QUESTLOVE: So you hold him to the same standards, even in the face of his obstacles?
WEST: [laughs] There has certainly been ugly, right-wing hatred targeting Barack Obama. But when it comes to the three central issues—Wall Street, drones, and national surveillance—the right wing didn’t push him into [his positions]. He chose each one of those. He brought in [former president of the New York Federal Reserve Bank] Tim Geithner [to be Secretary of the Treasury]: Wall Street. He chose drones—he and Hillary chose drones, as opposed to ensuring that innocent civilians, especially babies, are not killed. And he chose national surveillance, using the Espionage Act against Snowden, among other things. And not focusing on the new Jim Crow, the prison system, the way in which he should have, he chose that, too.
QUESTLOVE: You and I connected through our discussions of music. This room, adorned with the greatest literature ever, and records—this was my life, my room full of documents, growing up. Music saved me. How did music influence your life at an early age?
WEST: I remember that section [in Mo’ Meta Blues] about Prince records—”Here’s another one, here’s another one.” [laughs] For me, music is in no way ornamental or decorative; it is constitutive of who I am. It began in church, Shiloh Baptist Church, the Silver Echoes, the Senior Choir. Sly Stone was a member of the [Northern California] Mass Choir. Sylvester Stewart [Sly Stone’s real name] from Vallejo used to play a little bit of organ in our church, just letting it out. From the very beginning, it was clear to me that a musical mode of being in the world was the most desirable way of being in the world—trying to be melodic, but also having the dissonance. So by the time we moved into slow dancing in the garages—and this was probably a little bit different than your generation, because I’m older-school than you—it was Curtis Mayfield, but it was also the Delfonics, the Dramatics, the Emotions, the Whatnauts’ “I’ll Erase Away Your Pain,” it was the Manhattans. It was smooth. It was groups with a variety of voices harmonizing together. Whereas, I think, for the next generation, it was harder for those kind of soulful groups to have the impact.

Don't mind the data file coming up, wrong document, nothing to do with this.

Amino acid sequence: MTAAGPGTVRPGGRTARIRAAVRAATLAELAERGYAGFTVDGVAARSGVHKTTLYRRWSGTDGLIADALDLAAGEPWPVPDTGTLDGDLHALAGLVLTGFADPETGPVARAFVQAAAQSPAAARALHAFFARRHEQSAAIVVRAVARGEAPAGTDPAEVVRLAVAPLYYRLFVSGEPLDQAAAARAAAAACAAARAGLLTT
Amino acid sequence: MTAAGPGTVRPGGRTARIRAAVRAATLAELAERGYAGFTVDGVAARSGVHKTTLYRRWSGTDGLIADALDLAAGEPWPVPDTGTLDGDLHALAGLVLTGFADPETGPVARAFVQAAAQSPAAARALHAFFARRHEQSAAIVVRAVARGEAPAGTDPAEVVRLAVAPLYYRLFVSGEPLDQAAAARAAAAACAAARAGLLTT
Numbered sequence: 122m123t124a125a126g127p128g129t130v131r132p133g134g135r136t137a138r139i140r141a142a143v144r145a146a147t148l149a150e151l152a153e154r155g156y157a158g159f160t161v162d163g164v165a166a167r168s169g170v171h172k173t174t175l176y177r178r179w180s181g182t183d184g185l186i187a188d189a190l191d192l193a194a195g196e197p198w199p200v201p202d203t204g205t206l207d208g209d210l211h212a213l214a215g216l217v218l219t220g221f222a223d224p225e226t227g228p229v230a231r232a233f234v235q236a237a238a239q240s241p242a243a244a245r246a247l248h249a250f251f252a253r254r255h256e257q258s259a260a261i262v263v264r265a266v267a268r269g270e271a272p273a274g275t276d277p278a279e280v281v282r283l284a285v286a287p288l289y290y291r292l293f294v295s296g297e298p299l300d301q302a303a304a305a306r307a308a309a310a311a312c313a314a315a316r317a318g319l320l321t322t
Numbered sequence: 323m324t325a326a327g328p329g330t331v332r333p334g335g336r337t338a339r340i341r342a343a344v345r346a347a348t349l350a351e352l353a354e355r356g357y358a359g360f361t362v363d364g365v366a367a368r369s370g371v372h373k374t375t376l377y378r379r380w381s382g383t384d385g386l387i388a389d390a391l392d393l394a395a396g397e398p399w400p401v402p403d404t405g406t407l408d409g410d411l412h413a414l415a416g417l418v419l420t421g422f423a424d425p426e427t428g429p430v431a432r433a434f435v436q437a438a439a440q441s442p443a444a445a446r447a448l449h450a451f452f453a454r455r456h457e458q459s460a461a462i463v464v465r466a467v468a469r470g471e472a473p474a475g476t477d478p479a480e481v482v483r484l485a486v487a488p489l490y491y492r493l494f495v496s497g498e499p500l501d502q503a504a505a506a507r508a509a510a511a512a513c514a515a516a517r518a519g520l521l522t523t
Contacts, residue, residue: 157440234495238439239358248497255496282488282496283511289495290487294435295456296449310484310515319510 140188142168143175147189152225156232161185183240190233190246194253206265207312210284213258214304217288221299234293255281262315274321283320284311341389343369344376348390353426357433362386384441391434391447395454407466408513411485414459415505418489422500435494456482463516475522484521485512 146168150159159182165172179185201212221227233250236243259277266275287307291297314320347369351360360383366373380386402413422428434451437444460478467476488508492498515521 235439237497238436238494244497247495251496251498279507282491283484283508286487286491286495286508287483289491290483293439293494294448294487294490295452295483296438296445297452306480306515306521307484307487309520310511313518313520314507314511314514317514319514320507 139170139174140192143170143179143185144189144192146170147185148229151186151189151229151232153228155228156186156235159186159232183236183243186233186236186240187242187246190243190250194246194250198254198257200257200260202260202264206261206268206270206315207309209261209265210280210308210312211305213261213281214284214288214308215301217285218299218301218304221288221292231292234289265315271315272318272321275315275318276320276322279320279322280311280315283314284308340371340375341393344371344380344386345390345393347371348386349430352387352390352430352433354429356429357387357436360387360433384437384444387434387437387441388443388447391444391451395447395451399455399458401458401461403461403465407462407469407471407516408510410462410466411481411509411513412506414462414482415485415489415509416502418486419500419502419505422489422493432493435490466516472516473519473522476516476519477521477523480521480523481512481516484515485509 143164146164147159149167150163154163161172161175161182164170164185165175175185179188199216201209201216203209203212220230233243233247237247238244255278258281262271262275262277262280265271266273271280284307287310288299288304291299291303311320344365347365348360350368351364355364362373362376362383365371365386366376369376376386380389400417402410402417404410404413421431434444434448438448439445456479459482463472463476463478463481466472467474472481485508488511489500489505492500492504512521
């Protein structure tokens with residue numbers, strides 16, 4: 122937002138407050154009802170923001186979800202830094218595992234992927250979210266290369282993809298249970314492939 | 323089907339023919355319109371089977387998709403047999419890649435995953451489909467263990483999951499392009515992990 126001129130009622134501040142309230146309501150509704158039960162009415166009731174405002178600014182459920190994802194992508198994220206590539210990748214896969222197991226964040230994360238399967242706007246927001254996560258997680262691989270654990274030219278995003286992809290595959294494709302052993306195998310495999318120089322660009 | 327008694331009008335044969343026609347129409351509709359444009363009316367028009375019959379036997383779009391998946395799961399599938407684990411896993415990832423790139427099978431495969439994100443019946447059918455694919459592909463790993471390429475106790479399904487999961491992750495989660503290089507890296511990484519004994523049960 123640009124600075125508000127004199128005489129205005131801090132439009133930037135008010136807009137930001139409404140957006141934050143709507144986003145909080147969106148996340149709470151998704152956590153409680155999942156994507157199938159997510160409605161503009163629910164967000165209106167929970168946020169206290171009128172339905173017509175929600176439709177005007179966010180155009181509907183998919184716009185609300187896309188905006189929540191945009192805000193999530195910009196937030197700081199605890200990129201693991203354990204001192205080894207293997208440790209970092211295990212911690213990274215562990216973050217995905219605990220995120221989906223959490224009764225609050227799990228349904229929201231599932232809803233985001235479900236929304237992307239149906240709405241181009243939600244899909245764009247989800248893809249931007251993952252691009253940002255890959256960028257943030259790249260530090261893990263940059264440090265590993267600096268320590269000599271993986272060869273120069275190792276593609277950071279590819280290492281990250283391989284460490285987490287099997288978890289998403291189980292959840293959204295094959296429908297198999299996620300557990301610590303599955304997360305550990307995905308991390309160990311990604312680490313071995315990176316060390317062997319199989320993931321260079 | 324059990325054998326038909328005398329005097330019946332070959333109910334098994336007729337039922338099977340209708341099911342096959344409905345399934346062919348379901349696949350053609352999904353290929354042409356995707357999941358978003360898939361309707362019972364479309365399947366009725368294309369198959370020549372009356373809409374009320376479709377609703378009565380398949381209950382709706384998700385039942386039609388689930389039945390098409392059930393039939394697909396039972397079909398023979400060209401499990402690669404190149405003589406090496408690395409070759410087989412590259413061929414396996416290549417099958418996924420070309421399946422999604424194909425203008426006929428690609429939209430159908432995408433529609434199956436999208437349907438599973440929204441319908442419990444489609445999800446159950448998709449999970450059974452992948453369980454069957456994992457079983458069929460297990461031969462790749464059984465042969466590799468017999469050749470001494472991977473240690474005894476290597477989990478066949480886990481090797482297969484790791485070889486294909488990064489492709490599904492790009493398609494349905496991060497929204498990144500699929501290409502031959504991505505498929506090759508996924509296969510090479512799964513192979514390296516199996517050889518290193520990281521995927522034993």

QUESTLOVE: My theory is that once the VCR age took hold, around ’83, ’84, you have a generation that only liked the highlights and celebrated individualism. You fast-forwarded the tape to see what Michael Jordan did. You rewound that “Billie Jean” performance on Motown 25. Plus, it’s easier for labels to deal with just one person. So the idea of community—right now the Roots are defiantly together. Even if we wanted to break up, we know the historical consequences of us no longer existing.
WEST: The last hip-hop band.
QUESTLOVE: We’re almost the last hip-hop group with a major record deal. Everyone is a solo artist now. I mean, technically, yes, if OutKast were to record again … But right now we’re the last black band with a major-label deal.
QUESTLOVE: We’re an endangered species. And I would like to teach people that Jordan didn’t win those rings on his own.